Photographs taken during the region’s Covid-19 pandemic illustrate an exclusive book documenting Turanga Health staff mahi during March 2022.
Mānuka Takoto Kawea Ake, I Whakaaetia Te Wero, Working in a Pandemic: March 2022 is a limited edition coffee-table book capturing the gritty reality of working alongside the public as the Covid-19 Omicron strain ripped through Tairāwhiti.
Turanga Health chief executive Reweti Ropiha says the powerful images taken by locally acclaimed photographer Brennan Thomas will evoke memories and inspire conversations for years to come.
“It’s been a tumultuous two years and March 2022 stands out for many.”
During the month-long assignment Turanga Health staff were photographed working at Covid-19 vaccination events and testing stations, in the general practice at Te Karaka, and while providing care in the community. Staff who were ill with Covid-19 or isolating with whānau were photographed outside their homes from a safe distance.
“It’s an incredible as-it-happened account of an interesting time in our history.”
March 2022 was a busy time at Turanga Health. Daily cases of Covid-19 in Tairāwhiti and New Zealand hit record numbers. The purpose of testing shifted away from trying to find every case, to instead providing intelligence on the size and spread of the regional outbreak. For Turanga Health staff it meant managing the dual demands of prevention and management. “That month our staff learned to pivot as and when needed and Mānuka Takoto Kawea Ake has captured all of that with candour.”
Turanga Health board chair Pene Brown says every staff member employed by Turanga Health in March 2022 was featured. “The book acknowledges that everyone had a part to play, and that everybody was part of a successful response.” Alongside each staff photo is a written account capturing the small intimate details of a person’s work and their emotions on the day.
He says the book is a keepsake for staff and has now become a companion piece of literature sitting alongside news stories and scholarly articles documenting the time. Mr Brown says “this style of storytelling will age well.”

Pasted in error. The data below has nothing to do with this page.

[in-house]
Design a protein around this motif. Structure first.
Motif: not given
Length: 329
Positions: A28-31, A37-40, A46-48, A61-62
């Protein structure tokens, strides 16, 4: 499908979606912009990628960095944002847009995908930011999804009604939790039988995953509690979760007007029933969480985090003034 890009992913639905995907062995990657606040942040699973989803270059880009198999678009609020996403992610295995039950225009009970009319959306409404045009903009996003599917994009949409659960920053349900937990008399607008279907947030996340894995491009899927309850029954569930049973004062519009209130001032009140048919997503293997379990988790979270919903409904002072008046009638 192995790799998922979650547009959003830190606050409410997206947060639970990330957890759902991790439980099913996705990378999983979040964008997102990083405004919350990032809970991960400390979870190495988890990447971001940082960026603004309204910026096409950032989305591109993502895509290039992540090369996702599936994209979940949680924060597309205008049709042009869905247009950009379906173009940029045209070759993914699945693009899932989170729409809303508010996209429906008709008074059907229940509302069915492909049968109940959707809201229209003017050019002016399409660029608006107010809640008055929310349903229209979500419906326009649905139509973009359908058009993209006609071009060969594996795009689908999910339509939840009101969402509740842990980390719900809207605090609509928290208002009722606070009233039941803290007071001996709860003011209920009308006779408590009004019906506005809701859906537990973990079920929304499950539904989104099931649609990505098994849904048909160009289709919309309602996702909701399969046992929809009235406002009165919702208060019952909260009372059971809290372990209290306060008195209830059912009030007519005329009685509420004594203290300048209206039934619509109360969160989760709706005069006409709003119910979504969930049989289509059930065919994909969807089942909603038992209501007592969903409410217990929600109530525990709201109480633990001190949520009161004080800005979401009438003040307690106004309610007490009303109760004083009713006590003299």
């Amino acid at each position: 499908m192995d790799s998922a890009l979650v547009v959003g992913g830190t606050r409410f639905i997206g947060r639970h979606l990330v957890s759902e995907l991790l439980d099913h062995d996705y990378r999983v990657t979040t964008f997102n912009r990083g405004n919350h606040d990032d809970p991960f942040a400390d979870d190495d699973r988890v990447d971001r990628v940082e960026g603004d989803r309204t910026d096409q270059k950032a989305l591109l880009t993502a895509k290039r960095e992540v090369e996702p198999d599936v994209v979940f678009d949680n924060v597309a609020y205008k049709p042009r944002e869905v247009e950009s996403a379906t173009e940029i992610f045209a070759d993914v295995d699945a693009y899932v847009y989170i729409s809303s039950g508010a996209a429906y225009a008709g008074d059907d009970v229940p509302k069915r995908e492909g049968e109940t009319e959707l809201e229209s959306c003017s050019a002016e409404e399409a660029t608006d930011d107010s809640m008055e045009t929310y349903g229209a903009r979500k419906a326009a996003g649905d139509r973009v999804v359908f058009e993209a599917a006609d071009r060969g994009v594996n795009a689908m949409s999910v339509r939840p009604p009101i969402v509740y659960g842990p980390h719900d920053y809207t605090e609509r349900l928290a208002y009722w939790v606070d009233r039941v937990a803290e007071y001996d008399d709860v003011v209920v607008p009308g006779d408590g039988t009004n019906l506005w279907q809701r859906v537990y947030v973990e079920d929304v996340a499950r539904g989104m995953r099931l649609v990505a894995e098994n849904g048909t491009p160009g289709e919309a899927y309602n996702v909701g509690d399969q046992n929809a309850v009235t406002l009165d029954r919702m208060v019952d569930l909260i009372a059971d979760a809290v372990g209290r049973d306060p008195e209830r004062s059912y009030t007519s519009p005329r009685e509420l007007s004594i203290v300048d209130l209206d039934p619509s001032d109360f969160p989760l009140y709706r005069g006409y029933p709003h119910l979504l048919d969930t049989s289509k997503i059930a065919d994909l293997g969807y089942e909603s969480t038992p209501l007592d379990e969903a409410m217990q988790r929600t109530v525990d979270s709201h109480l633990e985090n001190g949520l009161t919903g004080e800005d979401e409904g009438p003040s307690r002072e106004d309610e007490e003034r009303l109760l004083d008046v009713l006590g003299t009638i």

Photographer Brennan Thomas says there were challenges wearing, and photographing people in, personal protective equipment (ppe) and face masks. “Working in my own ppe made for sauna-like conditions but it was nothing compared to what the staff were experiencing. You could see it was tough and physically draining.”
He adds that the assignment was unusual because no one really knew what would happen next. “It’s rare for a photographer to have access to a group of people who, despite the seriousness of the situation, are happy to have their lives unfold on camera and tell their story as and when it happens.”
Two hundred out of 3000 photos were selected for the 80-page book written by journalist Hayley Redpath and designed by Rose Hutchings from Draggnett Design.
Copies were gifted to Turanga Health staff at Christmas. Books have been distributed to national and local decision-makers, and copies have also gone into libraries, iwi collections, and health and education organisations.
“The book is an invaluable record of staff and their mahi and is sure to spark reflections on humankind and Covid-19 for generations to come,” says Mr Ropiha.
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